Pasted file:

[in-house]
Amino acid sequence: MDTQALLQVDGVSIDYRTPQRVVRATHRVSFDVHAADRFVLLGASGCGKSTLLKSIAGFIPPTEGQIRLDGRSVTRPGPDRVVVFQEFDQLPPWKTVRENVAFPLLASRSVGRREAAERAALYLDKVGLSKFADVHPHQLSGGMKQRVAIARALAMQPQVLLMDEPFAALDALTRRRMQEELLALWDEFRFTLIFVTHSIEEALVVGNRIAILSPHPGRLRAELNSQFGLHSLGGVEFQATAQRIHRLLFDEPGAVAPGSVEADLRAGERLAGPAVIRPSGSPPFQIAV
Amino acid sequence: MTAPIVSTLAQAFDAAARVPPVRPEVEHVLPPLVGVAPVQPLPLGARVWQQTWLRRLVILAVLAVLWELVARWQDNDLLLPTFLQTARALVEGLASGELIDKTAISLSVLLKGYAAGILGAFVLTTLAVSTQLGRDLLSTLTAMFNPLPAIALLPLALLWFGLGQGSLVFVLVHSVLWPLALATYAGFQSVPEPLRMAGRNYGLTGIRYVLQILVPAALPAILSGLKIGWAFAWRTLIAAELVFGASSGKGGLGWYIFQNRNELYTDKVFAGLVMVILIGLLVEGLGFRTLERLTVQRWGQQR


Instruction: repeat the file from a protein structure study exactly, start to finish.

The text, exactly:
[in-house]
Amino acid sequence: MDTQALLQVDGVSIDYRTPQRVVRATHRVSFDVHAADRFVLLGASGCGKSTLLKSIAGFIPPTEGQIRLDGRSVTRPGPDRVVVFQEFDQLPPWKTVRENVAFPLLASRSVGRREAAERAALYLDKVGLSKFADVHPHQLSGGMKQRVAIARALAMQPQVLLMDEPFAALDALTRRRMQEELLALWDEFRFTLIFVTHSIEEALVVGNRIAILSPHPGRLRAELNSQFGLHSLGGVEFQATAQRIHRLLFDEPGAVAPGSVEADLRAGERLAGPAVIRPSGSPPFQIAV
Amino acid sequence: MTAPIVSTLAQAFDAAARVPPVRPEVEHVLPPLVGVAPVQPLPLGARVWQQTWLRRLVILAVLAVLWELVARWQDNDLLLPTFLQTARALVEGLASGELIDKTAISLSVLLKGYAAGILGAFVLTTLAVSTQLGRDLLSTLTAMFNPLPAIALLPLALLWFGLGQGSLVFVLVHSVLWPLALATYAGFQSVPEPLRMAGRNYGLTGIRYVLQILVPAALPAILSGLKIGWAFAWRTLIAAELVFGASSGKGGLGWYIFQNRNELYTDKVFAGLVMVILIGLLVEGLGFRTLERLTVQRWGQQR